among the many freedoms proclaimed as rights of the individual, there emerges yet another freedom-from one’s own culture, in which one was born and educated. […] Transculturalism is especially needed in world politics, where the factor of fixed cultural identity based on race, ethnos, religion or ideological commitments turned out to be a source of conflict and violence (328).
When Christoph intervenes, he steps out of the cultural behaviorism represented by the white sailors who discriminate against the racial and disabled ‘Other’ and this is replaced by “an appeal for a transcultural […] empathy” (ibid. 346). Additionally, the scene foreshadows Christoph’s own plight, which makes him “share the experience of ‘the other’” (ibid. 340).
A still from Illustrierter Film-Kurier in March 1931 visually captures this scene. In an act of censorship, the blackfaced actor’s head is cut off (see Figure 5), yet the image provides us with an idea of the heightened cultural tension that is described in Steindorff’s script. In fact, in the shot below it becomes clear that Christoph unmistakably defends his disabled African American friend from the other white sailors surrounding him by threatening members of his own ethnic group with his harpoon. Equally striking, a blond Wilhelm Dieterle in the still below is depicted right next to a Queequeg-type of character, suggesting the idea of racial equality to a German audience (fig. 6).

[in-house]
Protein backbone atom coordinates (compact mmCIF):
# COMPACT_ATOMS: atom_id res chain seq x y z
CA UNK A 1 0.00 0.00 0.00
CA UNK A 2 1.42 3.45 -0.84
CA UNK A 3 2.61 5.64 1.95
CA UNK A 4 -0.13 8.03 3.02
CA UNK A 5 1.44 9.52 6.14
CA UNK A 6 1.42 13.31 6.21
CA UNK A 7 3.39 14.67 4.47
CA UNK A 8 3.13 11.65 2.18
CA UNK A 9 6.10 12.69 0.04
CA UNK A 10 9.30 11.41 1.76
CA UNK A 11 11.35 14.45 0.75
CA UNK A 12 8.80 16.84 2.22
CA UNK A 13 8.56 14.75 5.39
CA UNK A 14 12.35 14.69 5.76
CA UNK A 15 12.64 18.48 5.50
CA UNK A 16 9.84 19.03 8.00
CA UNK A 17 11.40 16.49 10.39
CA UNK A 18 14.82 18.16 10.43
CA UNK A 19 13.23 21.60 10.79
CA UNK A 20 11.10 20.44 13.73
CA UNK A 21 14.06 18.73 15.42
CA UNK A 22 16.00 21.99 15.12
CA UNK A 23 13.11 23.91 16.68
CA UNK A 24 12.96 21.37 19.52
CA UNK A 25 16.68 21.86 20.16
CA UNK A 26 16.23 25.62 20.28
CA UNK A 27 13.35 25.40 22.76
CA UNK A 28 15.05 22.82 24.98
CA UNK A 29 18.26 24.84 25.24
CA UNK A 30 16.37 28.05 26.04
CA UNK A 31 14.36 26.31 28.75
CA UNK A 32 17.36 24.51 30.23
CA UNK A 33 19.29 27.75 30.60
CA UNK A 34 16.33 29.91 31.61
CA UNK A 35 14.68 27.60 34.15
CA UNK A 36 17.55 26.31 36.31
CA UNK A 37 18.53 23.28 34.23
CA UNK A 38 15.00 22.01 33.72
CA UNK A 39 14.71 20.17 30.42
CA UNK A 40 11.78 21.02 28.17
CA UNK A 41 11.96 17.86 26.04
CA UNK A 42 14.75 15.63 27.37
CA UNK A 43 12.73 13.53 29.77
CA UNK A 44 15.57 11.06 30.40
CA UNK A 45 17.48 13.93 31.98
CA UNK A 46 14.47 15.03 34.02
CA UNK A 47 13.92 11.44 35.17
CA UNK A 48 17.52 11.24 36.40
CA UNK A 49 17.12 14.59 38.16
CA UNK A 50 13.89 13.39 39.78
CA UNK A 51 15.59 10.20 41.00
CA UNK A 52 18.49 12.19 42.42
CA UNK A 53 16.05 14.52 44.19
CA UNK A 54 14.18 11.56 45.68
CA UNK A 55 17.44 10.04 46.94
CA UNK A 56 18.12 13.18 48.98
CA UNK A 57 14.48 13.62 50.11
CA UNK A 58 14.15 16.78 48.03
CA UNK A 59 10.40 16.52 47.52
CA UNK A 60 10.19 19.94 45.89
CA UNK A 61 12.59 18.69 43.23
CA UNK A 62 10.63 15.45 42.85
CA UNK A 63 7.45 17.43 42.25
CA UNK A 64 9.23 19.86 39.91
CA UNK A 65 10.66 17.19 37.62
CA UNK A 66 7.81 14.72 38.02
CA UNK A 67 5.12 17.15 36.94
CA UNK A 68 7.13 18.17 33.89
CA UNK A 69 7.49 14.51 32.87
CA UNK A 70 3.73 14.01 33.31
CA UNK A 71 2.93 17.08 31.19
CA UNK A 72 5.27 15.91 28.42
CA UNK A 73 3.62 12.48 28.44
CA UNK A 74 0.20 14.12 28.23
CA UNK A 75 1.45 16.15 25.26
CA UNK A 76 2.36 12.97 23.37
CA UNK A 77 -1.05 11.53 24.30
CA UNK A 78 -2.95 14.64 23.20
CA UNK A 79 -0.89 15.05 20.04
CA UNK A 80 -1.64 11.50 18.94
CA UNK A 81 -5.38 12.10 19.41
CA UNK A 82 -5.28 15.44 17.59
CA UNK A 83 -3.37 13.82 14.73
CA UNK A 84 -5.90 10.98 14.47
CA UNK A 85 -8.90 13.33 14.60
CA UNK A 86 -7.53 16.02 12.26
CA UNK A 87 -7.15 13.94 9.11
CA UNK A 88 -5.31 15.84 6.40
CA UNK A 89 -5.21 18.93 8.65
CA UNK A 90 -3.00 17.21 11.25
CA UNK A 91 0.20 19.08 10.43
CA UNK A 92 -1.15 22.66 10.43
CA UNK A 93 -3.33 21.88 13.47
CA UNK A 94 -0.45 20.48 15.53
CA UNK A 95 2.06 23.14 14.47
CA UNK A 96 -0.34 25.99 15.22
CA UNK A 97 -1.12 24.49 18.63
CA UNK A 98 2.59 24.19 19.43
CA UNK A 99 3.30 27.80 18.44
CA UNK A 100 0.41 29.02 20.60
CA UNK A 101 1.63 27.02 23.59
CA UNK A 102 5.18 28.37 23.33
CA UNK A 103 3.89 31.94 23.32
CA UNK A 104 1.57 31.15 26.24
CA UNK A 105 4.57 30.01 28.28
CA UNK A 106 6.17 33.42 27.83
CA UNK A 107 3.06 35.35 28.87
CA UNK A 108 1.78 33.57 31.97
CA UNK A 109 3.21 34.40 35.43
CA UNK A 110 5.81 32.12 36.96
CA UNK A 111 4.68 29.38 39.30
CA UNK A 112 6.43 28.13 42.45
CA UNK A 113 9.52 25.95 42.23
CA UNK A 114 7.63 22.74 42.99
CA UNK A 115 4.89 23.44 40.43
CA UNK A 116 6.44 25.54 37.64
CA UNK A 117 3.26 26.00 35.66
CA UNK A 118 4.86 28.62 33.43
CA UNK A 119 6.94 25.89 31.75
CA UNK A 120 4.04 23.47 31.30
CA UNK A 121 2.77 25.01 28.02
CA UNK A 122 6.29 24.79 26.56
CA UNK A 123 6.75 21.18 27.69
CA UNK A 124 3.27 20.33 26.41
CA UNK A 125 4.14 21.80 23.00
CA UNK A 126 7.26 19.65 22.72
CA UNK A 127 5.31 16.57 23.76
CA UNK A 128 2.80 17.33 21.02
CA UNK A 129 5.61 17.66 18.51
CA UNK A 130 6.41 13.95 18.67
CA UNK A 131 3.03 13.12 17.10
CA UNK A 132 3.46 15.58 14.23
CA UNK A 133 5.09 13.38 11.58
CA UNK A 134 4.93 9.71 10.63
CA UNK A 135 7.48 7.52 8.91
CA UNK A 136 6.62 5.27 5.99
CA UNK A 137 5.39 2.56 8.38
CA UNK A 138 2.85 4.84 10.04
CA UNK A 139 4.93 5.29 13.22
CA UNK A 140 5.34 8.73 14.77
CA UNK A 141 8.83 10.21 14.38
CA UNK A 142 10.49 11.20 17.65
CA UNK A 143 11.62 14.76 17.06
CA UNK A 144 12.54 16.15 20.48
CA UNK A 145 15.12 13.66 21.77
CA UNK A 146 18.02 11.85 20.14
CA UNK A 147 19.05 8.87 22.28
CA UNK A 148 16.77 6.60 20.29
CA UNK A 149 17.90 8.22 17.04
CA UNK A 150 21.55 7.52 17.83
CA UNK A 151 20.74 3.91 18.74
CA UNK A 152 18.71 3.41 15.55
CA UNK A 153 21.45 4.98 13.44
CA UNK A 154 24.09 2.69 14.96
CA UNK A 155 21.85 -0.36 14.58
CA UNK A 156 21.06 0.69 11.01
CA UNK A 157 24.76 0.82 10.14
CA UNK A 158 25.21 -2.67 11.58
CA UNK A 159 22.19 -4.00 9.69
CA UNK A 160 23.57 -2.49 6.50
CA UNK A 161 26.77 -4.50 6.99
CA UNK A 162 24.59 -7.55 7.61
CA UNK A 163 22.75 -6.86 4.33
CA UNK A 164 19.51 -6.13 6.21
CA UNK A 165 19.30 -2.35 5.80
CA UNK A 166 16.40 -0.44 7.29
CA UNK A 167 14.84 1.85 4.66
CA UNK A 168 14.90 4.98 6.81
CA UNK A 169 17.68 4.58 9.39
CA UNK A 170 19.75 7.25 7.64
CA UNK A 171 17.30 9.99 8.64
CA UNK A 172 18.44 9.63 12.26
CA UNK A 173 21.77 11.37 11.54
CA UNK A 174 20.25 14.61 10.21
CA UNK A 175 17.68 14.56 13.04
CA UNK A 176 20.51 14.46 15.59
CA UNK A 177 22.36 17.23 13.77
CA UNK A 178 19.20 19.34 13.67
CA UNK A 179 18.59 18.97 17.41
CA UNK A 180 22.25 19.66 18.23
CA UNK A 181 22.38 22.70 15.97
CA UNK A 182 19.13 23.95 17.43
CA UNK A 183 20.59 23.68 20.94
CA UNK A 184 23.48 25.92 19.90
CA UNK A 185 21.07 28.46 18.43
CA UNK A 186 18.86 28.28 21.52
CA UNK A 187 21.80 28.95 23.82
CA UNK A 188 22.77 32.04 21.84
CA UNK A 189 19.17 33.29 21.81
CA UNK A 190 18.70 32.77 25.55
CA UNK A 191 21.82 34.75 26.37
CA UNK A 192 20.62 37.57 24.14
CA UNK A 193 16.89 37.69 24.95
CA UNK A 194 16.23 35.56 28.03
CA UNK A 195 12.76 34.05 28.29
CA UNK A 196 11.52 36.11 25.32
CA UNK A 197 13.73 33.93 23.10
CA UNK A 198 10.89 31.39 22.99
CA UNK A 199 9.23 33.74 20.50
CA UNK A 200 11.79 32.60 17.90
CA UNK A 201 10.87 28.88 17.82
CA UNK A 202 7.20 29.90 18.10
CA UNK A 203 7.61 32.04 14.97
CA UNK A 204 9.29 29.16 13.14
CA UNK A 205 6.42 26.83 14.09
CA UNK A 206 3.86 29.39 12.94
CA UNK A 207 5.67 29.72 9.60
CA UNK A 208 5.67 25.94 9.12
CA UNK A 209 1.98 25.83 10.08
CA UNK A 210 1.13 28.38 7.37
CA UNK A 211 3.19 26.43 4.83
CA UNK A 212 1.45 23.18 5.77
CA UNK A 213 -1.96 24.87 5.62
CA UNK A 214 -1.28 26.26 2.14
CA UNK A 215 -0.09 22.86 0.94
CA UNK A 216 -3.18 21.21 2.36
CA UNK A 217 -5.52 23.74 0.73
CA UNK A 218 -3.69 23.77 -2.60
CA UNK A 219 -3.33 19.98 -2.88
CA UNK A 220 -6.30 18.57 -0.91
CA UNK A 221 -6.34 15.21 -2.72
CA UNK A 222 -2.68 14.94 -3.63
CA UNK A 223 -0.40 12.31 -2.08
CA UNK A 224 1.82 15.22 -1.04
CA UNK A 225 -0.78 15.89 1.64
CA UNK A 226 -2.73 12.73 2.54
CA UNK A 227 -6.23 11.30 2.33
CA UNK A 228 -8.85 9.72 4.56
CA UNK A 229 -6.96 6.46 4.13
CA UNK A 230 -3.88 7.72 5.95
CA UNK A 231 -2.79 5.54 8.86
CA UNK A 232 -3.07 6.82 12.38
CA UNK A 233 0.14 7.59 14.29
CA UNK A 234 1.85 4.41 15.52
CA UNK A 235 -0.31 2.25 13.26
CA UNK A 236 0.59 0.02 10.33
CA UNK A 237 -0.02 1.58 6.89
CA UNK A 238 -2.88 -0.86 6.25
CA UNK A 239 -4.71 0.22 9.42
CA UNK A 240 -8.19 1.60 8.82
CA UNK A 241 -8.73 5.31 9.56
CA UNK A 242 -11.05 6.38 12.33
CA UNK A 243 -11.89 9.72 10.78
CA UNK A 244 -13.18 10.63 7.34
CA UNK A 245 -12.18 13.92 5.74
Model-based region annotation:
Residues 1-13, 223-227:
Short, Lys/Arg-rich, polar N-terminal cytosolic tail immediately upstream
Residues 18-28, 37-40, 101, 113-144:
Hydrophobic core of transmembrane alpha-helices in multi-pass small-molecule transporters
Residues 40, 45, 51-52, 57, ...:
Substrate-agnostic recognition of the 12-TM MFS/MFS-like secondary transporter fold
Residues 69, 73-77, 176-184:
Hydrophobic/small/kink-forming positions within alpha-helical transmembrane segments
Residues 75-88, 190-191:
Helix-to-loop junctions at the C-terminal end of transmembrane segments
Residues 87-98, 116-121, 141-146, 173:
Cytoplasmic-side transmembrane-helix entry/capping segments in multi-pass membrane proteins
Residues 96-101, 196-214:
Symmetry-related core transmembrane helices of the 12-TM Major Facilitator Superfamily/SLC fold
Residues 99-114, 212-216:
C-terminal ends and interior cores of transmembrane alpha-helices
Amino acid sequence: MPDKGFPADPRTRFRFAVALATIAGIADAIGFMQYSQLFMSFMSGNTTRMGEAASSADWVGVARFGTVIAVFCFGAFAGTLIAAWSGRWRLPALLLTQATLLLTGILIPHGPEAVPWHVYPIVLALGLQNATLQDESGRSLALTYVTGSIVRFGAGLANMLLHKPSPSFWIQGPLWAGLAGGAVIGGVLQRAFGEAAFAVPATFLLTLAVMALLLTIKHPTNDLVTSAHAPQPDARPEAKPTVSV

Despite a growing nationalistic and racist climate at the end of the Weimar Republic, Steindorff, Curtiz, and Dieterle created this scene in which Christoph takes sides with social minorities. As such, the transcultural creative reception puts forth an attempt at signalling racial equality. Ulrich Steindorff’s script version as well as the connected material signal that, at least partially, the Warner adaptation thematically engaged in the politics of the day, offering – by way of Melville – a transcultural model that seeks to overcome “fixed cultural identity base[d] on race, ethnos, religion, or ideological commitments” (Epstein 328). It comes as no surprise that the German reception following the premiere in March 1931 was less than favorable, which I will discuss in the concluding section of this essay.